MySQL Backup is a Perl script that uses mysqlshow to grab the database names and "show tables" to grab the table names for a user's account, and then uses mysqldump to save the data in a subdirectory named in the script. It then tars and gzips the files, using the date and time for the file name. It can be run from cron on a daily basis. It removes old files and has an option to email the gzip file to an admin, and/or FTP the file to a remote server. It also has options to use "select data into outfile" or a regular "select" for users who can't use mysqldump. It supports LARGE sets of databases and tables.
SyncML is the common language for synchronizing all devices and applications over any network. SyncML leverages eXtensible Markup Language (XML), making SyncML a truly future-proof platform. With SyncML, networked information can be synchronized with any mobile device, and mobile information can be synchronized with any networked applications. SyncML is an open standard.
logmover archives logfiles generated by the logrotate program. It renames the files using unique timestamps, moves them to an archive directory, and compresses them by using external compress programs like gzip and bzip2. The program is written in C, and is designed to be run by cron.
RawWrite for Windows is a replacement for the DOS-based rawrite, or rawwrite program (the DOS version does not work well under Win95, and does not work at all from NT). This version is designed to work under NT/2K/XP, and 95/98/ME. It has a simple GUI, which makes it easier for first time users to create their Linux boot disks.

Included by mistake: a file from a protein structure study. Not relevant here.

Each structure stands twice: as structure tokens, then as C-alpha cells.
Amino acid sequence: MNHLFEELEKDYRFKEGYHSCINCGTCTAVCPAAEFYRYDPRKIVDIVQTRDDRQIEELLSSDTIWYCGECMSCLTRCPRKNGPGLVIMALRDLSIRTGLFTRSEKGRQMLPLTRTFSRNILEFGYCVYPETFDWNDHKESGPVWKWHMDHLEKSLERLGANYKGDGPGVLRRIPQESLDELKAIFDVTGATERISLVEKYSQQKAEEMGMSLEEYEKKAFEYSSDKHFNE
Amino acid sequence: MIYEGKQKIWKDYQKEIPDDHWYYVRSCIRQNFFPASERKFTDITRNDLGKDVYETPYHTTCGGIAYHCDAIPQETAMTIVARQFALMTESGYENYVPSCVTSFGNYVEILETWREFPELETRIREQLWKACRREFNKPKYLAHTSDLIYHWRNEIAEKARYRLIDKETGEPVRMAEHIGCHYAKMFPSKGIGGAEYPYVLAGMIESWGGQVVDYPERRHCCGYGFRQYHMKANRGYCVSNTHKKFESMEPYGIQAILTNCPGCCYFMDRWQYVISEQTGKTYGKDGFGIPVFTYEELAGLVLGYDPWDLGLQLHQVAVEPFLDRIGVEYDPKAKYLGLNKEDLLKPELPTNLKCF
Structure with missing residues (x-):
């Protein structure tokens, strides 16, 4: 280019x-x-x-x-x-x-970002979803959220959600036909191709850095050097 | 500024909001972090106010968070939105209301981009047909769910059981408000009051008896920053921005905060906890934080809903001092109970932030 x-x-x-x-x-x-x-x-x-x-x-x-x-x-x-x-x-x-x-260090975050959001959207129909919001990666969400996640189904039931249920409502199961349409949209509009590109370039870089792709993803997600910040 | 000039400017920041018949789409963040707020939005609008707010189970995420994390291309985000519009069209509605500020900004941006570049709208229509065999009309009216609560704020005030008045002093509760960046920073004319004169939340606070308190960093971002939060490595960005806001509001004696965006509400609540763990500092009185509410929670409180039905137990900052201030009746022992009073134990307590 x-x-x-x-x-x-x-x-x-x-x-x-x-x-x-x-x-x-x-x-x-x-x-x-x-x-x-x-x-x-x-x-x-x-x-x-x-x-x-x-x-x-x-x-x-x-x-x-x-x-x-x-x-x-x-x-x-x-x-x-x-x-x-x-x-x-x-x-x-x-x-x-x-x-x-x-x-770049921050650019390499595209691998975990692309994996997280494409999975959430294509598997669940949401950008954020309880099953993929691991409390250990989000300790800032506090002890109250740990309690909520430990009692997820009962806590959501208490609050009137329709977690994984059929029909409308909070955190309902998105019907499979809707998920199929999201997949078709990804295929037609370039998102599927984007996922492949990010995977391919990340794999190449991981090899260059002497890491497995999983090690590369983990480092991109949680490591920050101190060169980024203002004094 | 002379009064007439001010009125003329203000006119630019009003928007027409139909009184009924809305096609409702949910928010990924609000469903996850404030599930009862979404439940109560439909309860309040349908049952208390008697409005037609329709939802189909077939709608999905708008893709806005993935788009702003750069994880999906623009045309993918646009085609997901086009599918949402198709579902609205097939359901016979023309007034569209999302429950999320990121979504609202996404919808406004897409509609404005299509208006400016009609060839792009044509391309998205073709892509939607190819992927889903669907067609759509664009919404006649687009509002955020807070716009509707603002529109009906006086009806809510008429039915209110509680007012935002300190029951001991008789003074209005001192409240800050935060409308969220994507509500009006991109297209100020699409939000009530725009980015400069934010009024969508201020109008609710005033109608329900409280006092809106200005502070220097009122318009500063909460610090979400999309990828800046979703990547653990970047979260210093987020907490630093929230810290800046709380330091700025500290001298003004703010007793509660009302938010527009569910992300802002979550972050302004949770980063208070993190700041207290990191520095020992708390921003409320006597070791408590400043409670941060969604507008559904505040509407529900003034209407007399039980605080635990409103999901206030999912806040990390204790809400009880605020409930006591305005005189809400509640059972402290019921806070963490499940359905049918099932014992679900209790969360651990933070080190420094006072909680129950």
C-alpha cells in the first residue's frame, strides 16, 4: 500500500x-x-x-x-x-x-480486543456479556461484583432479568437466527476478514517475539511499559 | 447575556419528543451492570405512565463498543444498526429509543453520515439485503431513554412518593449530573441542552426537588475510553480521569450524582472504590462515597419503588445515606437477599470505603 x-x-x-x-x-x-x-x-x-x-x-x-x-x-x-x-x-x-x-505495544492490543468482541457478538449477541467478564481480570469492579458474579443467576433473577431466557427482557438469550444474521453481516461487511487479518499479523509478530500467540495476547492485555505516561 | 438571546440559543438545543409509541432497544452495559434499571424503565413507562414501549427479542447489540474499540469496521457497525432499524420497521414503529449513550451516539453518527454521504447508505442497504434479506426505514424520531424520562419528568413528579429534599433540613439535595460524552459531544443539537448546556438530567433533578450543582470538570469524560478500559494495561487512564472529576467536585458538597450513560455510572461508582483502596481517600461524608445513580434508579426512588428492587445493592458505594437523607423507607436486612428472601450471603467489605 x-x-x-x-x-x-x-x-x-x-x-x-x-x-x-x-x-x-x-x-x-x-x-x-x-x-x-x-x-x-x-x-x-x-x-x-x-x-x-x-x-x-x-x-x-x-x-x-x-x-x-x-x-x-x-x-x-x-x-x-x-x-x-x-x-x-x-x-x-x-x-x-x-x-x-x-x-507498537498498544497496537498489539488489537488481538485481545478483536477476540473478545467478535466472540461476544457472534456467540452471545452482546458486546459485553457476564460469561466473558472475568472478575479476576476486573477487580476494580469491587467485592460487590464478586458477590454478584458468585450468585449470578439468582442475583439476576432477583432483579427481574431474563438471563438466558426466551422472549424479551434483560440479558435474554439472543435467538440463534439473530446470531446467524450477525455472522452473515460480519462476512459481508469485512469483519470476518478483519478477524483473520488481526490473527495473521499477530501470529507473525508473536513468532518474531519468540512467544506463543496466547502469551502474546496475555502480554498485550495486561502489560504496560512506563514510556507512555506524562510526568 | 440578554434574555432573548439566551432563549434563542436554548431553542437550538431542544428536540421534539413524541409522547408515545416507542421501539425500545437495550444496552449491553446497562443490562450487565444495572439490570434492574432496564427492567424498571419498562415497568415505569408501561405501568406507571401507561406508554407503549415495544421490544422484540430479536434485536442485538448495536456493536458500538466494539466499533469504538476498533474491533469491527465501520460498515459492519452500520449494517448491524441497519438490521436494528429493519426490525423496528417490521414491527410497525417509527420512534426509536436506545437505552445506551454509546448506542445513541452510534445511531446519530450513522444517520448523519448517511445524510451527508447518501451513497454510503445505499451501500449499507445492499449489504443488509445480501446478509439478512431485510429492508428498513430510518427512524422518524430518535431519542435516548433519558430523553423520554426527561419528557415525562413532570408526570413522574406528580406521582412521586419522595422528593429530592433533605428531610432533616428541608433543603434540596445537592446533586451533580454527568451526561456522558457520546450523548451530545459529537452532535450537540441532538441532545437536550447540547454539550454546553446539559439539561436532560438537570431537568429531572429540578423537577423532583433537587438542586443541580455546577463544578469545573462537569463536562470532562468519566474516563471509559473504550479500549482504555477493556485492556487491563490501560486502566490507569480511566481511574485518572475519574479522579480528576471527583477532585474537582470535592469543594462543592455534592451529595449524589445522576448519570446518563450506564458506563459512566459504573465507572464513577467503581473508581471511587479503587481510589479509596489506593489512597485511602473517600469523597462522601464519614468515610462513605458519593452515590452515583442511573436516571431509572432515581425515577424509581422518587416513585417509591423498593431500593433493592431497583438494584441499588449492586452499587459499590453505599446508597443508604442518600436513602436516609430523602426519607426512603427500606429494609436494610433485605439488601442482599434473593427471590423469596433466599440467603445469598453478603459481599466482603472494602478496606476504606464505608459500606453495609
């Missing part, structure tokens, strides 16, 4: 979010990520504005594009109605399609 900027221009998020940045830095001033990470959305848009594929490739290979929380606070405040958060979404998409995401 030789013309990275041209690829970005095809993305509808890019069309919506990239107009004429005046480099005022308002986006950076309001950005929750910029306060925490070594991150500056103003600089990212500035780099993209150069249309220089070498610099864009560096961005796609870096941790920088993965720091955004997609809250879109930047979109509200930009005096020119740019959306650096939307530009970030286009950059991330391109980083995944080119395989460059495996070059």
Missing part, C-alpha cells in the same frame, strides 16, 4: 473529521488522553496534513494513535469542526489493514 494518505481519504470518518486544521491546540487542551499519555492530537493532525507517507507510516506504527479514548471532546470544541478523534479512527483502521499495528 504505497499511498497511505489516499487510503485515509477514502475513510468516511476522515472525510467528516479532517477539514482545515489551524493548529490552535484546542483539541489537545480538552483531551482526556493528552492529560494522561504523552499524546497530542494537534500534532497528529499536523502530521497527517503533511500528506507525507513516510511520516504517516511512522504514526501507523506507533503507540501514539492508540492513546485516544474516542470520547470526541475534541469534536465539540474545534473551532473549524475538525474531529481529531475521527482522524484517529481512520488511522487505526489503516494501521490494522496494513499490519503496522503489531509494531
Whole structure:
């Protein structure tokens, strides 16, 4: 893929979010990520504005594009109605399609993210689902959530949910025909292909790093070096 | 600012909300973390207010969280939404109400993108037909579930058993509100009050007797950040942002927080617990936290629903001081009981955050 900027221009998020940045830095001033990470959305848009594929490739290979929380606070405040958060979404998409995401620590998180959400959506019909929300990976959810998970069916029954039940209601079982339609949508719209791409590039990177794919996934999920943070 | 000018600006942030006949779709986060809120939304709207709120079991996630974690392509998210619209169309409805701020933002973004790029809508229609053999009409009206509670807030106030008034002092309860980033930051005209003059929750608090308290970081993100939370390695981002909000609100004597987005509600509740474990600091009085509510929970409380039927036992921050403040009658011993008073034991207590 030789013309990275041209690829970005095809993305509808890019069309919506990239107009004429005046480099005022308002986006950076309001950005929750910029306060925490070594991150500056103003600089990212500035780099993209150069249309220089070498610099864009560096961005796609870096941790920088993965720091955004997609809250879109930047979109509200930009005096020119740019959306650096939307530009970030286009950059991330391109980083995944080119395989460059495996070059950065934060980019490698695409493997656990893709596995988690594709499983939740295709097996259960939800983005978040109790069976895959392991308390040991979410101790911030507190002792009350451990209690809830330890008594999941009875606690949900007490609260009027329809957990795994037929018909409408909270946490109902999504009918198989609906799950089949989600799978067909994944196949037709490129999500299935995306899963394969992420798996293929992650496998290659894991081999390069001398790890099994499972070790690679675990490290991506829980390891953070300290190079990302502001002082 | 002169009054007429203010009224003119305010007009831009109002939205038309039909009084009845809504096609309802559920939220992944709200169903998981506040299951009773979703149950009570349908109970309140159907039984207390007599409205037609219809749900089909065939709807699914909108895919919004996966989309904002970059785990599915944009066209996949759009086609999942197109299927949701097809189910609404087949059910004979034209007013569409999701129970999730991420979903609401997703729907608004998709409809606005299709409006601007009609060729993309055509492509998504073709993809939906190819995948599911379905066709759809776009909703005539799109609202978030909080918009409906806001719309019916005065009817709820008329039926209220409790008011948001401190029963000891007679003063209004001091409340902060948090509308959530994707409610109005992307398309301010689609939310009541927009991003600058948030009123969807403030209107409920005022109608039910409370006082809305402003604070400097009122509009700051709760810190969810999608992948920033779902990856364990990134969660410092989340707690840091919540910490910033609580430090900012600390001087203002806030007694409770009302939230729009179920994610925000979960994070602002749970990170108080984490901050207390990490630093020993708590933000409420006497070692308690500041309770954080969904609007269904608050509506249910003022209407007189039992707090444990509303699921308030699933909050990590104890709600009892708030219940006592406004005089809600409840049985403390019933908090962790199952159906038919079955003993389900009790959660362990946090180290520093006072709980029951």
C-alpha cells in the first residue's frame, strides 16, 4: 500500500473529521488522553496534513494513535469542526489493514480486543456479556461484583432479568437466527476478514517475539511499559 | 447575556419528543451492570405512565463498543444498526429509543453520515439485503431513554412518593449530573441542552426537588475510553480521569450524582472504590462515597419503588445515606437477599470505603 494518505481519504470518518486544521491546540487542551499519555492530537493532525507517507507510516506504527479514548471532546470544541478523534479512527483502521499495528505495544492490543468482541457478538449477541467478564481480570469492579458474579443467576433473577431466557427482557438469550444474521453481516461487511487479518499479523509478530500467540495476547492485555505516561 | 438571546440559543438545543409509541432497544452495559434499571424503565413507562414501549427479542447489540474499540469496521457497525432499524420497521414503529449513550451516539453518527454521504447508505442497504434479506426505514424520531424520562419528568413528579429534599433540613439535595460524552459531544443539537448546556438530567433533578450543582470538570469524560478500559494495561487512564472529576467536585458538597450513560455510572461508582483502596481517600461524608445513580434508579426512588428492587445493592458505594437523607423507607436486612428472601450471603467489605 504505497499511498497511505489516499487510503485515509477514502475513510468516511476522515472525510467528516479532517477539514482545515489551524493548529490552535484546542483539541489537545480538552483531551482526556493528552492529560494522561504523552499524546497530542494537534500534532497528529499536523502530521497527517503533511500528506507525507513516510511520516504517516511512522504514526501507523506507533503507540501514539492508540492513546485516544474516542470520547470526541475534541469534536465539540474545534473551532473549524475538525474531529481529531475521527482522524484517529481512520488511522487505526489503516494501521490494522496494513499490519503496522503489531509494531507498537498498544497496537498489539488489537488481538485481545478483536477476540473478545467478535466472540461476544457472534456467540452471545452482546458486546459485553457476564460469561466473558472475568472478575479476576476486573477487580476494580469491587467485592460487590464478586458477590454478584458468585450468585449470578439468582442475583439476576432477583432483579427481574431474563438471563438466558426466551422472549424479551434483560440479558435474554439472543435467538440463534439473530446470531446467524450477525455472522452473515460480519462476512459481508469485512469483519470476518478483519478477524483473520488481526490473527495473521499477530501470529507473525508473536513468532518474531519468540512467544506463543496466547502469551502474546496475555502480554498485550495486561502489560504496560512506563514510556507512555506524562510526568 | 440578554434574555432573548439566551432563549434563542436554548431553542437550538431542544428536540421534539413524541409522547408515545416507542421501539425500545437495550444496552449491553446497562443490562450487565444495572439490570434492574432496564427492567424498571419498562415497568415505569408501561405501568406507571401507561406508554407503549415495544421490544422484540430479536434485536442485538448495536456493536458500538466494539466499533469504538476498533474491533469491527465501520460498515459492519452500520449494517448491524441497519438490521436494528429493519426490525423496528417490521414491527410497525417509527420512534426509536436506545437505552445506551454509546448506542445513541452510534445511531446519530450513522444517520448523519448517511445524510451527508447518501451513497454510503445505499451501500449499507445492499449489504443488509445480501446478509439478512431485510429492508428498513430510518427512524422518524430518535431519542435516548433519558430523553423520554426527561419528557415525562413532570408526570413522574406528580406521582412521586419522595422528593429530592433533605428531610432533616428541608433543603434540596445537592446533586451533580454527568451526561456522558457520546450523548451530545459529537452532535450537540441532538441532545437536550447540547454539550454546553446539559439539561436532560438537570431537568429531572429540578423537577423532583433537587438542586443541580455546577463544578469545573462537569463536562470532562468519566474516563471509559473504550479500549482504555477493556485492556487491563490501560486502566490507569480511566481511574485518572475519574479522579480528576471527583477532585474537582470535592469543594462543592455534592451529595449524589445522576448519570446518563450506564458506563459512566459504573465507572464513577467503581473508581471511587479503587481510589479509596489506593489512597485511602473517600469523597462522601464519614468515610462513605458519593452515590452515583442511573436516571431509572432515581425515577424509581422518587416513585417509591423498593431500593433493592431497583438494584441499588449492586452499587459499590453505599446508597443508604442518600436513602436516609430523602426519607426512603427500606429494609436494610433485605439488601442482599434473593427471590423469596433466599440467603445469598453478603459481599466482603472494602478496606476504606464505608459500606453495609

REOBack Backup Solution (pronounced "Ray-o-back") is a simple backup solution designed for Linux users and system administrators. It is designed to be simple to set up, and easy to use. It is great as a quick solution for those who procrastinate about backups. It supports automatic full/incremental backups of files you define, remote backups via SCP, SMB, NFS, or FTP, as well as auto deletion of old backups.
rdiff-backup backs up one directory to another. The target directory ends up a copy of the source directory, but extra reverse diffs are stored in a special directory so you can still recover files lost some time ago. The idea is to combine the best features of a mirror and an incremental backup. rdiff-backup can also operate in a bandwidth- efficient manner over a pipe, like rsync. Thus you can use rdiff-backup and ssh to securely back up to a remote location, and only the differences will be transmitted. It can also handle symlinks, device files, permissions, ownership, etc., so it can be used on the entire file system.